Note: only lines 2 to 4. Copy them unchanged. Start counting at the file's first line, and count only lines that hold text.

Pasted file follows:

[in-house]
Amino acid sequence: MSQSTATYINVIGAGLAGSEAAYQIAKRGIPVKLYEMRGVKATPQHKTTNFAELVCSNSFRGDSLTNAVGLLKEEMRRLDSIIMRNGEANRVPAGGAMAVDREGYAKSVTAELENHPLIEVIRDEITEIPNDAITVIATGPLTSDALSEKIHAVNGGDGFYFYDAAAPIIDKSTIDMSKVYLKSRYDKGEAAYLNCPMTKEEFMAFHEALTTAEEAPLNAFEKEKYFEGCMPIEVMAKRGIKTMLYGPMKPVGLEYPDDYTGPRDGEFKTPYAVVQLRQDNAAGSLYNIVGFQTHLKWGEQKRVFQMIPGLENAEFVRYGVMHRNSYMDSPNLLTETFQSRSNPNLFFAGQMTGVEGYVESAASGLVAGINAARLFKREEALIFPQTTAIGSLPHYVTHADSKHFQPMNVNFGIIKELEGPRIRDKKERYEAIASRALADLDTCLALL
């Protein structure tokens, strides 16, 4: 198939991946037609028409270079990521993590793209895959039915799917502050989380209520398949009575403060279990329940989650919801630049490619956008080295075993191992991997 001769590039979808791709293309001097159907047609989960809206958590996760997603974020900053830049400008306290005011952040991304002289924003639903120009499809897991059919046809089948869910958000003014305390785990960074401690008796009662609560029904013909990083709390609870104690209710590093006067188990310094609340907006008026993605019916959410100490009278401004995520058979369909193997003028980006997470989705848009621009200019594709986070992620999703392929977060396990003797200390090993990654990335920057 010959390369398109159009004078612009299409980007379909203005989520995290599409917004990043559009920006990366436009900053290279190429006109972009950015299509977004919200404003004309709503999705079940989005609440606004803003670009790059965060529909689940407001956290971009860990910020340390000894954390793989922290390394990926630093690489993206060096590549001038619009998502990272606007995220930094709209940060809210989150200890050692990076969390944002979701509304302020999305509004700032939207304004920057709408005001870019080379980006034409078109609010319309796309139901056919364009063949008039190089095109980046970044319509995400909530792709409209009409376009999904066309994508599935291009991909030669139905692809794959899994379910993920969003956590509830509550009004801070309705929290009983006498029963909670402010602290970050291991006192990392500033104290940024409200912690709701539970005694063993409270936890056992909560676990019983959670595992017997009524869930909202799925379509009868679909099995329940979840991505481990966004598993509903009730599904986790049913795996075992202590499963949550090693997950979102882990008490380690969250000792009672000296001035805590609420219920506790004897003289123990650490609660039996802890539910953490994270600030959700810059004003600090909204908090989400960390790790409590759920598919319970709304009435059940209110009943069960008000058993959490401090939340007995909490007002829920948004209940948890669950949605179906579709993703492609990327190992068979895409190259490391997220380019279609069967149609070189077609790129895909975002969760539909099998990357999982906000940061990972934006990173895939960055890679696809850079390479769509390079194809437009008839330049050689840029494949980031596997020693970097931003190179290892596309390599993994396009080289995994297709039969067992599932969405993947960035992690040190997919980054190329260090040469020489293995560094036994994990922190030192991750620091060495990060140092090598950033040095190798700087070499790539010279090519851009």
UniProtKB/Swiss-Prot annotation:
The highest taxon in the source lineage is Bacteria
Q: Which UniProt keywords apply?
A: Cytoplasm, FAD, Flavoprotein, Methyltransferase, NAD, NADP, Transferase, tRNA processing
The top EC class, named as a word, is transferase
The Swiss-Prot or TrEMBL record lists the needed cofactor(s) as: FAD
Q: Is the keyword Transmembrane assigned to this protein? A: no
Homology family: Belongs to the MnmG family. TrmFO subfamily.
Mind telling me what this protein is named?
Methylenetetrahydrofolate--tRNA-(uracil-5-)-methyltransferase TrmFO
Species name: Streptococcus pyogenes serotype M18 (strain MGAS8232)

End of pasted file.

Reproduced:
Amino acid sequence: MSQSTATYINVIGAGLAGSEAAYQIAKRGIPVKLYEMRGVKATPQHKTTNFAELVCSNSFRGDSLTNAVGLLKEEMRRLDSIIMRNGEANRVPAGGAMAVDREGYAKSVTAELENHPLIEVIRDEITEIPNDAITVIATGPLTSDALSEKIHAVNGGDGFYFYDAAAPIIDKSTIDMSKVYLKSRYDKGEAAYLNCPMTKEEFMAFHEALTTAEEAPLNAFEKEKYFEGCMPIEVMAKRGIKTMLYGPMKPVGLEYPDDYTGPRDGEFKTPYAVVQLRQDNAAGSLYNIVGFQTHLKWGEQKRVFQMIPGLENAEFVRYGVMHRNSYMDSPNLLTETFQSRSNPNLFFAGQMTGVEGYVESAASGLVAGINAARLFKREEALIFPQTTAIGSLPHYVTHADSKHFQPMNVNFGIIKELEGPRIRDKKERYEAIASRALADLDTCLALL
């Protein structure tokens, strides 16, 4: 198939991946037609028409270079990521993590793209895959039915799917502050989380209520398949009575403060279990329940989650919801630049490619956008080295075993191992991997 001769590039979808791709293309001097159907047609989960809206958590996760997603974020900053830049400008306290005011952040991304002289924003639903120009499809897991059919046809089948869910958000003014305390785990960074401690008796009662609560029904013909990083709390609870104690209710590093006067188990310094609340907006008026993605019916959410100490009278401004995520058979369909193997003028980006997470989705848009621009200019594709986070992620999703392929977060396990003797200390090993990654990335920057 010959390369398109159009004078612009299409980007379909203005989520995290599409917004990043559009920006990366436009900053290279190429006109972009950015299509977004919200404003004309709503999705079940989005609440606004803003670009790059965060529909689940407001956290971009860990910020340390000894954390793989922290390394990926630093690489993206060096590549001038619009998502990272606007995220930094709209940060809210989150200890050692990076969390944002979701509304302020999305509004700032939207304004920057709408005001870019080379980006034409078109609010319309796309139901056919364009063949008039190089095109980046970044319509995400909530792709409209009409376009999904066309994508599935291009991909030669139905692809794959899994379910993920969003956590509830509550009004801070309705929290009983006498029963909670402010602290970050291991006192990392500033104290940024409200912690709701539970005694063993409270936890056992909560676990019983959670595992017997009524869930909202799925379509009868679909099995329940979840991505481990966004598993509903009730599904986790049913795996075992202590499963949550090693997950979102882990008490380690969250000792009672000296001035805590609420219920506790004897003289123990650490609660039996802890539910953490994270600030959700810059004003600090909204908090989400960390790790409590759920598919319970709304009435059940209110009943069960008000058993959490401090939340007995909490007002829920948004209940948890669950949605179906579709993703492609990327190992068979895409190259490391997220380019279609069967149609070189077609790129895909975002969760539909099998990357999982906000940061990972934006990173895939960055890679696809850079390479769509390079194809437009008839330049050689840029494949980031596997020693970097931003190179290892596309390599993994396009080289995994297709039969067992599932969405993947960035992690040190997919980054190329260090040469020489293995560094036994994990922190030192991750620091060495990060140092090598950033040095190798700087070499790539010279090519851009």
UniProtKB/Swiss-Prot annotation: